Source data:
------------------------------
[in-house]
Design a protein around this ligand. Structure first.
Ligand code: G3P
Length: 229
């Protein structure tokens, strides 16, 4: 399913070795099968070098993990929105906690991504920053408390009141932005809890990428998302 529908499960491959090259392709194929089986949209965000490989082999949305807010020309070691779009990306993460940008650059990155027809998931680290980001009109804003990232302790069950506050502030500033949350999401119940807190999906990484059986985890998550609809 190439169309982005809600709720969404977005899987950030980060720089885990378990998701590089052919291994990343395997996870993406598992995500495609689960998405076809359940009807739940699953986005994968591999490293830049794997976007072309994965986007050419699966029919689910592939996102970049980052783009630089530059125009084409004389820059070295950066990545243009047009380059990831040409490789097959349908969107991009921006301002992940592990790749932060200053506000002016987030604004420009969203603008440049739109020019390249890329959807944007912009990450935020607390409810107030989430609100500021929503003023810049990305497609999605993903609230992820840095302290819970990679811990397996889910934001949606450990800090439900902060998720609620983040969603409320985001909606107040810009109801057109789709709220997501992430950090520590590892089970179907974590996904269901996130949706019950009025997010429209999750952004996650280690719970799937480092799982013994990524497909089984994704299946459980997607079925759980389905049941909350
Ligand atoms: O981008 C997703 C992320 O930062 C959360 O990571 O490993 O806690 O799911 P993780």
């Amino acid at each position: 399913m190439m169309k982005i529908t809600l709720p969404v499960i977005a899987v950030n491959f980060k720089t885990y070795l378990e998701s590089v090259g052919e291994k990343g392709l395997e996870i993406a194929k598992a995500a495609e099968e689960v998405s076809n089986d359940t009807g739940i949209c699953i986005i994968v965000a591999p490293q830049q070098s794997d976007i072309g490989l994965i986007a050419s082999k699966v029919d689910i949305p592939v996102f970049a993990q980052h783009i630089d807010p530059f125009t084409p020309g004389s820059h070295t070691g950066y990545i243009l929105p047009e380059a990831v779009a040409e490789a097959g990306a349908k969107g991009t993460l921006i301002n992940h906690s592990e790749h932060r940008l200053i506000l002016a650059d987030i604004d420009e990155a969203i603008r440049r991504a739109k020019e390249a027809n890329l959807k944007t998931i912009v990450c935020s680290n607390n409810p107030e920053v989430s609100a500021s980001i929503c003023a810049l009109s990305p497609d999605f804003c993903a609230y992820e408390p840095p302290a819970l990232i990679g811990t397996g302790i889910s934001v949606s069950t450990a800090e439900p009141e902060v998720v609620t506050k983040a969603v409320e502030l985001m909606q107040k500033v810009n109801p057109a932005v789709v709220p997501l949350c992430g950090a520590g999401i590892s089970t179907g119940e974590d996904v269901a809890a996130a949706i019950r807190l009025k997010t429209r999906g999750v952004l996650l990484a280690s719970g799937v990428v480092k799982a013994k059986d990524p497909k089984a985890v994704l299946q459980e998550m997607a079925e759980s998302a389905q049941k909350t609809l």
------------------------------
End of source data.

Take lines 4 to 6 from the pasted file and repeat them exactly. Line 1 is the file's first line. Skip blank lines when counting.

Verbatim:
Length: 229
């Protein structure tokens, strides 16, 4: 399913070795099968070098993990929105906690991504920053408390009141932005809890990428998302 529908499960491959090259392709194929089986949209965000490989082999949305807010020309070691779009990306993460940008650059990155027809998931680290980001009109804003990232302790069950506050502030500033949350999401119940807190999906990484059986985890998550609809 190439169309982005809600709720969404977005899987950030980060720089885990378990998701590089052919291994990343395997996870993406598992995500495609689960998405076809359940009807739940699953986005994968591999490293830049794997976007072309994965986007050419699966029919689910592939996102970049980052783009630089530059125009084409004389820059070295950066990545243009047009380059990831040409490789097959349908969107991009921006301002992940592990790749932060200053506000002016987030604004420009969203603008440049739109020019390249890329959807944007912009990450935020607390409810107030989430609100500021929503003023810049990305497609999605993903609230992820840095302290819970990679811990397996889910934001949606450990800090439900902060998720609620983040969603409320985001909606107040810009109801057109789709709220997501992430950090520590590892089970179907974590996904269901996130949706019950009025997010429209999750952004996650280690719970799937480092799982013994990524497909089984994704299946459980997607079925759980389905049941909350
Ligand atoms: O981008 C997703 C992320 O930062 C959360 O990571 O490993 O806690 O799911 P993780």